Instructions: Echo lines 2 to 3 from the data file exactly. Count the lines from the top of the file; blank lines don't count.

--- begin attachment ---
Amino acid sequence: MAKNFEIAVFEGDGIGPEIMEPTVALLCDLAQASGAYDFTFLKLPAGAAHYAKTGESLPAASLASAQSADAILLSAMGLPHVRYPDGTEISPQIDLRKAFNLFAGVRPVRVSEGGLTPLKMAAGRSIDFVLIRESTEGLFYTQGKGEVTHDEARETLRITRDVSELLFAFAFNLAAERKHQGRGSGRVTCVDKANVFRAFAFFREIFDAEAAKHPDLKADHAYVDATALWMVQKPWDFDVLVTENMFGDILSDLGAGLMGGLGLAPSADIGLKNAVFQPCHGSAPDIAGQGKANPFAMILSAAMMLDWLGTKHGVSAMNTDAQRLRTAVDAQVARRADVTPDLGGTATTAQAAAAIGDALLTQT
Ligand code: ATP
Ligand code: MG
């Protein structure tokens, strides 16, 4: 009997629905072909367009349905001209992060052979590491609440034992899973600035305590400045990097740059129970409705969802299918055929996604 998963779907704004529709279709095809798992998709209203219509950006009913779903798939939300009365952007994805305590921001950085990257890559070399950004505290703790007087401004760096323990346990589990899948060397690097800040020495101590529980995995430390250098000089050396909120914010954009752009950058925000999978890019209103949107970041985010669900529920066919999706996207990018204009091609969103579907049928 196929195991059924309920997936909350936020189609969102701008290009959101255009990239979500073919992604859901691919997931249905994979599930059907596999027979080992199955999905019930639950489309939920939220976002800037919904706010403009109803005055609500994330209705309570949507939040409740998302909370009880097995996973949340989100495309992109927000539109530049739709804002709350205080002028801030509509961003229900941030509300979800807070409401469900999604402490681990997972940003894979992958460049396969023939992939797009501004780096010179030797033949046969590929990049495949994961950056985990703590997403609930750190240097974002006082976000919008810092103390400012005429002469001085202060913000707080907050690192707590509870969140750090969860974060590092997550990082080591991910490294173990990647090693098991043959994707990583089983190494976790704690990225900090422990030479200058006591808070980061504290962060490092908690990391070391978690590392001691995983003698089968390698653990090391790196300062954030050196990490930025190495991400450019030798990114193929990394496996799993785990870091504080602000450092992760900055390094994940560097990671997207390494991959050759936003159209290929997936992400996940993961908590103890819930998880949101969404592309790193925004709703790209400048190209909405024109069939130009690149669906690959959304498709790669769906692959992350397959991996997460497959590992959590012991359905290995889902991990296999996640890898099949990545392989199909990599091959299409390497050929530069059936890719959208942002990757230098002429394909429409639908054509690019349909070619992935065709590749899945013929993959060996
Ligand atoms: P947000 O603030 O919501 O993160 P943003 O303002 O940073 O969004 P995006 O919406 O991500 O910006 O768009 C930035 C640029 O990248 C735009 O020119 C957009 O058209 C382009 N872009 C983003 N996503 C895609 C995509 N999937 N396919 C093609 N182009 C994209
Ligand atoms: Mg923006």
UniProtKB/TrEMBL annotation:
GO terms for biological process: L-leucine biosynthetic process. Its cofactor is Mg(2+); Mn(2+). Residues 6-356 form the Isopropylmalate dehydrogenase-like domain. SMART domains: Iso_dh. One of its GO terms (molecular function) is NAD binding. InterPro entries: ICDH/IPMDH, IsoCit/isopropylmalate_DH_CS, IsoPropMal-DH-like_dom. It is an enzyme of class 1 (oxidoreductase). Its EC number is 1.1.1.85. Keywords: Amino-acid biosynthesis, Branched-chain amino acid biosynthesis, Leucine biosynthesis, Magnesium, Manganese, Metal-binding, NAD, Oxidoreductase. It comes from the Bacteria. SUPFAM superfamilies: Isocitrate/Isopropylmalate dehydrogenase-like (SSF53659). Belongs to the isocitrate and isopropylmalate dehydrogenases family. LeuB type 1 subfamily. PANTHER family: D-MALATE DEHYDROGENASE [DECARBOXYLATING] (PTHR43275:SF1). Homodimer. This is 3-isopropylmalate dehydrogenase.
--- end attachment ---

Ligand code: ATP
Ligand code: MG